Home / Built Environment / Experts call for regulation of embodied carbon emissions in construction

Experts call for regulation of embodied carbon emissions in construction

Leading construction industry and built environment experts from 11 organisations are calling on political party leaders to make manifesto commitments for embodied carbon regulation in the UK.

UK Green Building Council (UKGBC), The Institution of Structural Engineers (IStructE), Institution of Civil Engineers (ICE), Chartered Institute of Building (CIOB), Construction Industry Council (CIC), Chartered Institution of Building Services Engineers (CIBSE), UK Architects Declare, RIBA, RICS, Association for Consultancy and Engineering (ACE), and Part Z, have joined forces to send a consistent message to UK political party leaders about the urgent need for regulation of embodied carbon emissions in construction.

They assert that this is necessary as buildings and construction form a substantial part of UK carbon emissions, which are a main driver of climate change. UK policy has stalled, and urgent action is needed.

The group of experts has issued a paper to political leaders with a key ask: to include in their manifestoes a commitment to move to reduce embodied carbon emissions in construction within two years of starting government.

Additionally, the experts list specific steps for action:

  • In 2024: Policy signalled confirming the dates and interventions below.
  • By 2026: Mandate the measurement and reporting of whole-life carbon emissions for all projects with a gross internal area of more than 1000m2 or that create more than 10 dwellings.
  • By 2028: Introduce legal limits on the upfront embodied carbon emissions [those emissions due to the use of materials in the initial construction] of such projects, with a view to future revision and tightening as required.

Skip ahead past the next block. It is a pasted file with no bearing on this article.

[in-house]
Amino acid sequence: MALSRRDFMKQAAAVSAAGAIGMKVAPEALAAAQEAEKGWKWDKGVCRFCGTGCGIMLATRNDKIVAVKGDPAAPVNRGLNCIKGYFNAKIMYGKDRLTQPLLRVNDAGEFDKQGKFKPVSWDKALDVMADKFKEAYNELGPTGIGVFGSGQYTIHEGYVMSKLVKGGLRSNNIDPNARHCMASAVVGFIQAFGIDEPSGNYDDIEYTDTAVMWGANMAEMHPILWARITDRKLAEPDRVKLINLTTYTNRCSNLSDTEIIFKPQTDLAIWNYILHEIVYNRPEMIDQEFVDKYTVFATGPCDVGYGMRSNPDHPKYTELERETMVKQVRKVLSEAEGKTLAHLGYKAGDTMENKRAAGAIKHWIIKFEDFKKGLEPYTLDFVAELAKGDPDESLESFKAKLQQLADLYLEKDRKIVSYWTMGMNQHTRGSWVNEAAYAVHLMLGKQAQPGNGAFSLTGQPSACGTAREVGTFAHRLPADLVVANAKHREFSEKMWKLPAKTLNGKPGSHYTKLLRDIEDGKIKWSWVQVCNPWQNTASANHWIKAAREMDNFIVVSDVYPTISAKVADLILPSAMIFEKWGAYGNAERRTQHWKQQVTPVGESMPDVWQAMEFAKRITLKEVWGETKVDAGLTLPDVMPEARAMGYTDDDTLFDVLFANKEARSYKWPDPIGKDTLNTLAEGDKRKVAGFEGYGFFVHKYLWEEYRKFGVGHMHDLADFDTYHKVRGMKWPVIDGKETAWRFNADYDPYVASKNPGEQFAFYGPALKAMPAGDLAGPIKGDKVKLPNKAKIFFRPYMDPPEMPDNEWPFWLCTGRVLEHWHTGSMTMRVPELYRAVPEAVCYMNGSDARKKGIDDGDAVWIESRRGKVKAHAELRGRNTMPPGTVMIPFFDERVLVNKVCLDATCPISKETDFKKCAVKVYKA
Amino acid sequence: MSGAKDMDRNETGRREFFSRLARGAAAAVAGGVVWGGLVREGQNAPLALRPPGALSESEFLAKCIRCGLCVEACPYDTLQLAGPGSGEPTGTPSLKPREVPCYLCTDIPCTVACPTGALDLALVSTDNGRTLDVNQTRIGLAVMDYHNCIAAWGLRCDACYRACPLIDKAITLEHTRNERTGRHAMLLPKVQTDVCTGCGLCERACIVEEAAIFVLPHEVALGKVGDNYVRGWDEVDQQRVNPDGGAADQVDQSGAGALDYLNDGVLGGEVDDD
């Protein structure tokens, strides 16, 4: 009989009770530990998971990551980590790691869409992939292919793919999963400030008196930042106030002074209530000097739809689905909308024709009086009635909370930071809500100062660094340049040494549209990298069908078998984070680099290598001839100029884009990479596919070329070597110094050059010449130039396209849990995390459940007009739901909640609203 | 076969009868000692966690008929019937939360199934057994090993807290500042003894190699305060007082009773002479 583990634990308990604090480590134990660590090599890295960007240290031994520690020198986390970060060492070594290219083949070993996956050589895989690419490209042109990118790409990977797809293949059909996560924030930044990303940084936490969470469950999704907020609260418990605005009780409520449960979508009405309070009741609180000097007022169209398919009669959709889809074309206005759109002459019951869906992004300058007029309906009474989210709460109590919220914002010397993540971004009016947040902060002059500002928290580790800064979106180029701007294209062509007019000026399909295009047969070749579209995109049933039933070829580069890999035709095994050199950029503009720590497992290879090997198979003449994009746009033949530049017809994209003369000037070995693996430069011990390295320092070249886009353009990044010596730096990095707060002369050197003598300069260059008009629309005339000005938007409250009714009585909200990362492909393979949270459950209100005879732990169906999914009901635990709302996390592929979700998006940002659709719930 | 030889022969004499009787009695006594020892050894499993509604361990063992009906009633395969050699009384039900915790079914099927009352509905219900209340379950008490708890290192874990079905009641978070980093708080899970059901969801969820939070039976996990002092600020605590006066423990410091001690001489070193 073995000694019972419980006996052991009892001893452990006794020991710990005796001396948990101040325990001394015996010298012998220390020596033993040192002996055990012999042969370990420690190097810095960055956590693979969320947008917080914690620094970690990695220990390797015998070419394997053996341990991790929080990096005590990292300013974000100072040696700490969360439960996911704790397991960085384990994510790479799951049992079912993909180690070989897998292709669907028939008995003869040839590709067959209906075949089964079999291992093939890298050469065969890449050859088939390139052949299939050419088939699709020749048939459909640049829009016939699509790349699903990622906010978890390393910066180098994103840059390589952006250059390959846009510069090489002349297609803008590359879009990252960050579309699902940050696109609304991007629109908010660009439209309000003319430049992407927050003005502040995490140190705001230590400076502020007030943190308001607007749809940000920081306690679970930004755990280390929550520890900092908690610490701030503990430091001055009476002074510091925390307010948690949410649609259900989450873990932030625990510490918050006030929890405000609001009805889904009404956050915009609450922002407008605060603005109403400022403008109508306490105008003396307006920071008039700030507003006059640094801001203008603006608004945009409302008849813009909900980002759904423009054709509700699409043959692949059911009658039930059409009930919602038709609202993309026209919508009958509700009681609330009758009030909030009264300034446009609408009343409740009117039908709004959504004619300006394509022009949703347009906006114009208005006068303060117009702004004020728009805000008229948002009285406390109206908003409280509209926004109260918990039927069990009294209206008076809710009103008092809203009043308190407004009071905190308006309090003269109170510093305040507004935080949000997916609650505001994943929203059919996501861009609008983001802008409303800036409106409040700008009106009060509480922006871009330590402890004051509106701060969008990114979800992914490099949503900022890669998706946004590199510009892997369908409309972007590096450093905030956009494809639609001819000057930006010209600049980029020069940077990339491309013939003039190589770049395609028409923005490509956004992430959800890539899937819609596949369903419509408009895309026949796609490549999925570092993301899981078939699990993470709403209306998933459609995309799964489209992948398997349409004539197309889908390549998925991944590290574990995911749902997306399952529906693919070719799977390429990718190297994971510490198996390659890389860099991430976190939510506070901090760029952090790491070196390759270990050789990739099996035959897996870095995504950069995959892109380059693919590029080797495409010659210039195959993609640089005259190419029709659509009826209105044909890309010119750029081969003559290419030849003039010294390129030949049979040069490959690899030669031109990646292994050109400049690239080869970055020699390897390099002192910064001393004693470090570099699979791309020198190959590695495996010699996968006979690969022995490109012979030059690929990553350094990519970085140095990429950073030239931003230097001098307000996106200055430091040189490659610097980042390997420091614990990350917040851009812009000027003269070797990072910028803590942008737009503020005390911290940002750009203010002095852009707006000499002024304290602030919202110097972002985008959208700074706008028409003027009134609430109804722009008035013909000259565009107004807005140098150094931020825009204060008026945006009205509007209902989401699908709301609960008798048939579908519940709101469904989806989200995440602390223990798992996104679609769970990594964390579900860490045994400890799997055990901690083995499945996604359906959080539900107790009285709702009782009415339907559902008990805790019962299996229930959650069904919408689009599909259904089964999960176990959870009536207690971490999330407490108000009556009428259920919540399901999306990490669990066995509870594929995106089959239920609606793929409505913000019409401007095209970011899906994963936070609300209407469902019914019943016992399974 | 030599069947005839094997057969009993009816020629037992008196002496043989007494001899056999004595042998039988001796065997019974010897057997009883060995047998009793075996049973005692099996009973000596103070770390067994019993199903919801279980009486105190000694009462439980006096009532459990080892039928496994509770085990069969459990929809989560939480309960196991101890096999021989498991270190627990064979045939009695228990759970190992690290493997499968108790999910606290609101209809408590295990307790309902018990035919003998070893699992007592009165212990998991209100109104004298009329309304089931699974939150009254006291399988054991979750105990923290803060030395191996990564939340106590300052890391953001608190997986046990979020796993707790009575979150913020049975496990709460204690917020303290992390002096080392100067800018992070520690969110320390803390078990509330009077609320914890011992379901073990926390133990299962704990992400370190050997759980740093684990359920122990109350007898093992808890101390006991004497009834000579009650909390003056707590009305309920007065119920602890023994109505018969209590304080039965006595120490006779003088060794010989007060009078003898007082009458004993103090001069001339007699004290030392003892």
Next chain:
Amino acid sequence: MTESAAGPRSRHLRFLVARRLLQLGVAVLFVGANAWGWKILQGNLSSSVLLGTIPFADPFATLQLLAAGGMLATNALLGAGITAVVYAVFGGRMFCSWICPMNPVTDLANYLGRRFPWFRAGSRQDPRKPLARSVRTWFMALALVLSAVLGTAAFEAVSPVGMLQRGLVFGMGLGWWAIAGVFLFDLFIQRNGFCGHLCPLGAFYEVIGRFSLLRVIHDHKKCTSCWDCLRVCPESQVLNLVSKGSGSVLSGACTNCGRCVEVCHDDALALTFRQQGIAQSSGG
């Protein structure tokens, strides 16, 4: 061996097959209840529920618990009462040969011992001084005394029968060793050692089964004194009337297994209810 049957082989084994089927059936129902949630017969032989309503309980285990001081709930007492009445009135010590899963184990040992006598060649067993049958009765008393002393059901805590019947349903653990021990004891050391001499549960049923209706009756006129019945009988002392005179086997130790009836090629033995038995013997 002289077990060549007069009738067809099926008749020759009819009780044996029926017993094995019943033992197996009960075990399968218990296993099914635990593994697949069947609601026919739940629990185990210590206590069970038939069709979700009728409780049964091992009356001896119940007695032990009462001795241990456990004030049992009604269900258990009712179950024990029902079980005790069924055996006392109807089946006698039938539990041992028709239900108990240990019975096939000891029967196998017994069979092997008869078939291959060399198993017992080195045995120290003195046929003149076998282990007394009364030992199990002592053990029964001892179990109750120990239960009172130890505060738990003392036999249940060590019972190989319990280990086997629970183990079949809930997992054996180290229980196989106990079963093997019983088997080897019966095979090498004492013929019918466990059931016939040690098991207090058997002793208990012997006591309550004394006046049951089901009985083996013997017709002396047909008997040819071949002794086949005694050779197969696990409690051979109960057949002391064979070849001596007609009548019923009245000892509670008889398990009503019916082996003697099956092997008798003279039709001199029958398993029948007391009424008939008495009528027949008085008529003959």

The group says these actions are essential as around one in 10 tonnes of the UK’s total greenhouse gas emissions are “embodied carbon” emissions. These relate to the production and use of construction materials, which account for a substantial part of the UK’s overall carbon emissions.

The authors note that these policy recommendations would be complementary to the ‘carbon pricing mechanism’ announced by the government in 2023 and which are due to be introduced in 2027, as well as to existing UK initiatives that incentivise the use of lower carbon cement and steel.

Facilities Management Journal Survey 2024

At Facilities Management Journal, our commitment is to deliver content that meets the needs and interests of our readers. To ensure we continue to provide valuable insights and engaging articles, we invite you to participate in our Reader Survey.

Your opinion is invaluable in shaping the future direction of our magazine. By sharing your thoughts, preferences, and suggestions, you play a crucial role in enhancing the content and overall experience for our readership.

To access the survey, please click on the following link: https://www.surveymonkey.com/r/9XVVXYP.

About Sarah OBeirne

Leave a Reply

Your email address will not be published. Required fields are marked *